You're getting ahead of yourself.
I don't know how old you are or how long you've been doing photography but that doesn't matter. The important thing is where you are right now in your development and you have quite a way to go. People want to know that you can deliver something and that you can deliver consistently. If you deliver consistently, they'll judge whether or not the thing you offer is worth the price you charge. If they look at you and think that you're hit or miss, no rate is low enough for them to feel like you're worth it because they'll be judging based on the worst thing you offer.
That being said, half of your photos are forgettable at best, memorably bad at worst. The shirtless guy? Flush both pictures and don't look back. The brunette with the black shirt standing in the field? Lose that picture and forget where you put it. The two of Taylor Chevy? Take them down. She's cute but it's not enough to take a picture of a cute model; you need to take stunning pictures of people (cute or ugly)
Your most engaging photo based on lighting and composition is probably this one:
Make that your avatar.
I realize I'm not speaking specifics. So, why's Whitney Renae standing out in the middle of a field in lingerie? Either you use that location to make it really, really ironic that she's out of place (and make the viewer get behind it)
or you put her in a setting that makes more sense. Anywhere in a domestic setting would be preferable. A bedroom is an obvious choice but you could also do a den. If you want to do irony, put her in a kitchen. Decked out in come-fuck-me
gear, a cigarette hanging from her mouth with a bored look on her face as she stands with a pan in one hand and a spatula in the other… suddenly you have a photo with teeth. It's got a bite and it's making the viewer consider. We see that picture now and all with think is "Lingerie in a field? WTF?"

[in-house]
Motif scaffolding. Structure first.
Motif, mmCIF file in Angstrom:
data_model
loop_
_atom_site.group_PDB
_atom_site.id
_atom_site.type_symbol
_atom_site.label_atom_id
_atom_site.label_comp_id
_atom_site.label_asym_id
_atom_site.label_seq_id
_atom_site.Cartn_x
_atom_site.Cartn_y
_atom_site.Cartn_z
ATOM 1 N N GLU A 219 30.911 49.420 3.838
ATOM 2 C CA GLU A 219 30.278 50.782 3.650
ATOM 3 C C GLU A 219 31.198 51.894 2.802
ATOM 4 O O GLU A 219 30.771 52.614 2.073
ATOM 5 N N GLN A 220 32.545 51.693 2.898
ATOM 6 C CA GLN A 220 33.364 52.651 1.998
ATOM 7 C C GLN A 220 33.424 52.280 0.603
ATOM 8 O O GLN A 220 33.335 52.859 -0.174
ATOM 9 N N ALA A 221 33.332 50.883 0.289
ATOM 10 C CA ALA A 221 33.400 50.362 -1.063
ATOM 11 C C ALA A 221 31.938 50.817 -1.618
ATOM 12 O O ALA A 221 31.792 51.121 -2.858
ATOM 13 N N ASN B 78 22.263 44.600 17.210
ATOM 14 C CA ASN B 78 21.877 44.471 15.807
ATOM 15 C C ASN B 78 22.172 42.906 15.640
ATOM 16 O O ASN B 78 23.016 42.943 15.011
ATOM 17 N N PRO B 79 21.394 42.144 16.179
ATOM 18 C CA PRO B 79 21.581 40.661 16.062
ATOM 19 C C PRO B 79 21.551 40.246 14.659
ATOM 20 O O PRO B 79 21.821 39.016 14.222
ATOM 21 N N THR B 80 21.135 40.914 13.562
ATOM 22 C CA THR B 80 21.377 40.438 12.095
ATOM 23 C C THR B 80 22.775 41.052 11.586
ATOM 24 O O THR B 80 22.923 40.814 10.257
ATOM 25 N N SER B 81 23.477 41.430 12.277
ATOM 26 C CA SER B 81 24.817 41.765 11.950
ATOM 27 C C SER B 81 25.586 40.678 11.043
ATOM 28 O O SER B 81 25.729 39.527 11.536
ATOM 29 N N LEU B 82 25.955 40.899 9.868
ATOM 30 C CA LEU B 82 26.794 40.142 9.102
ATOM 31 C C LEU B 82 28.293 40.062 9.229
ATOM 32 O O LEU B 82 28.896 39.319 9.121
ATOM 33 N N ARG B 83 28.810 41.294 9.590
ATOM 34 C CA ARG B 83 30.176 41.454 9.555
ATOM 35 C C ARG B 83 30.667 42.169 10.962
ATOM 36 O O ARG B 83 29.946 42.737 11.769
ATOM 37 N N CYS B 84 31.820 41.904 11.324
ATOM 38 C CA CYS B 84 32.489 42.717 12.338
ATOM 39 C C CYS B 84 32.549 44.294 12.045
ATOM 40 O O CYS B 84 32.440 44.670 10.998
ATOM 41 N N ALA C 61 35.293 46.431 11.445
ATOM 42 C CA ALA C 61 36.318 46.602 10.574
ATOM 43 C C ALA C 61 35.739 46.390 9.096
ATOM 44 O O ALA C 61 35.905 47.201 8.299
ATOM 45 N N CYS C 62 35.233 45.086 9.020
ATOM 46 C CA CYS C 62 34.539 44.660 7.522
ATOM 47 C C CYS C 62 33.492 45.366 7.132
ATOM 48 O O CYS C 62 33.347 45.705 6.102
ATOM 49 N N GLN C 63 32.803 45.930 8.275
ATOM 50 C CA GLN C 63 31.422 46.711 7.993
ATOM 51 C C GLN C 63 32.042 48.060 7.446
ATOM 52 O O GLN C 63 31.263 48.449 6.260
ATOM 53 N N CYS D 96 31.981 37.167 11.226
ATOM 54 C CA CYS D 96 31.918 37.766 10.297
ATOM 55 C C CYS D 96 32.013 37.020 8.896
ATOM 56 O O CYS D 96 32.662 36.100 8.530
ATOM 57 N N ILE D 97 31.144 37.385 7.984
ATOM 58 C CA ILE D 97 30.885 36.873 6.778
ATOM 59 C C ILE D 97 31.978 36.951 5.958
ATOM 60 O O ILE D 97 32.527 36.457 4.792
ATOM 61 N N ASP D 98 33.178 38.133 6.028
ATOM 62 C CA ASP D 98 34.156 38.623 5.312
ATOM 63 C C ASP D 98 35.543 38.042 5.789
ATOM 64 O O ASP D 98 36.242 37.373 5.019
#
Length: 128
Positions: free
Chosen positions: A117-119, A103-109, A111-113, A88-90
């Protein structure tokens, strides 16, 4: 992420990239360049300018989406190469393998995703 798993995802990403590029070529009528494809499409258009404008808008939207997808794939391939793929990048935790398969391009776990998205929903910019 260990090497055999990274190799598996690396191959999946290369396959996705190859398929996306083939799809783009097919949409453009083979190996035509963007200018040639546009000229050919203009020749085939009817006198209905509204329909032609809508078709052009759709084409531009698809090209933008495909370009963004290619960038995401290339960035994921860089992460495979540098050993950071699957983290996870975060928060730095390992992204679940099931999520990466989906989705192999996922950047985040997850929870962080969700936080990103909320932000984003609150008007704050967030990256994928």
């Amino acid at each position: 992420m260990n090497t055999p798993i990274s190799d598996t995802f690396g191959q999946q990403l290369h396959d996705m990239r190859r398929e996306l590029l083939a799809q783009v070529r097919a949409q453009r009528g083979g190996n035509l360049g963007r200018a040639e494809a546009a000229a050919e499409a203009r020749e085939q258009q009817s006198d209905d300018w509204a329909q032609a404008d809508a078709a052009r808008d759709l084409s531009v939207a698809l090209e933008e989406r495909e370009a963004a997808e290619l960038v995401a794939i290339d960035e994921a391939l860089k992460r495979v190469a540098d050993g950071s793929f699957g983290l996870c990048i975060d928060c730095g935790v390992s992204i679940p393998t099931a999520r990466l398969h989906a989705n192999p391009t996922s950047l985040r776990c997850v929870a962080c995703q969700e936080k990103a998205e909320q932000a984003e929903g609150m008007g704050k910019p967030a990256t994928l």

The picture of your guy without a shirt. You put him in athletic gear and he needs to be a beefcake. He should at least have the body-type of an A&F model (not the little shits they pay $7.50 an hour to fold clothes, I'm talking about the agency models they have in their ads)
. With his body type, he needs to be in a skinny Calvin Klein suit with the shirt unbuttoned and an untied bowtie. But you have to have a wardrobe budget to make that happen. Which, gauging by your work and location, you probably don't have the budget or the access. That's not a slight; you need a really good stylist for that. When I shoot fashion, I have a stylist and that's her job. She can pull dresses that cost $15K and I assure you I'm on the low end of the fashion world. Fashion is an undertaking.
I got side-tracked though. Brick walls are notoriously bad backdrops because they compete for the viewer's eye. You don't want a background that upstages your subject. And your contrast isn't dynamic enough to make it work in B&W. It just becomes a muddled gray blob with a brick pattern in the background; no one looks at the guy. The pattern of the brick and texture of the grass successfully turn your guy into an afterthought. The picture would actually be better without him in it.
Your dressed up photo of Taylor: The sunset lighting doesn't work because it's not on her. It's on those ugly houses in the background (those houses might be beautiful but they look atrocious here and compete for viewer's attention)
. She's better off in the field without distractions. We see all sorts of things in this picture which cause us to question, but none of these questions are ones you want the viewer asking. What's she standing on? Why's she wearing that expression? Is that a pile of manure in the background? what's up with the grass-pavement-grass whatever? Why isn't she in the sunlight? What the heck is she doing there anyway? You don't want your viewer confused by the image. Not for this kind of work you don't. Clarity of intent is what you're after.
Also, a tip: when trees don't have leaves on them, they attract the viewer's eye (for one)
and immediately make us think of winter. Doesn't matter if it's taken in autumn or early spring. So when the viewer sees that, we expect to see winter-like colors and gear. Not colors and patterns best suited for a sailing excursion in FL. Her clothes are too vibrant, too lifelike for leafless trees and grass which isn't yet green. You want to shoot that, take her to your nearest botanical garden where it'll look like perpetual spring.
This will seem overly negative but it's because the undeniable truth is that your composition needs work and you need to know where things are going south in what you've done. Work on that; it takes everyone time to get good at that element of photography. Once you get that, then think about what lighting you can use for a given genre you're interested in shooting.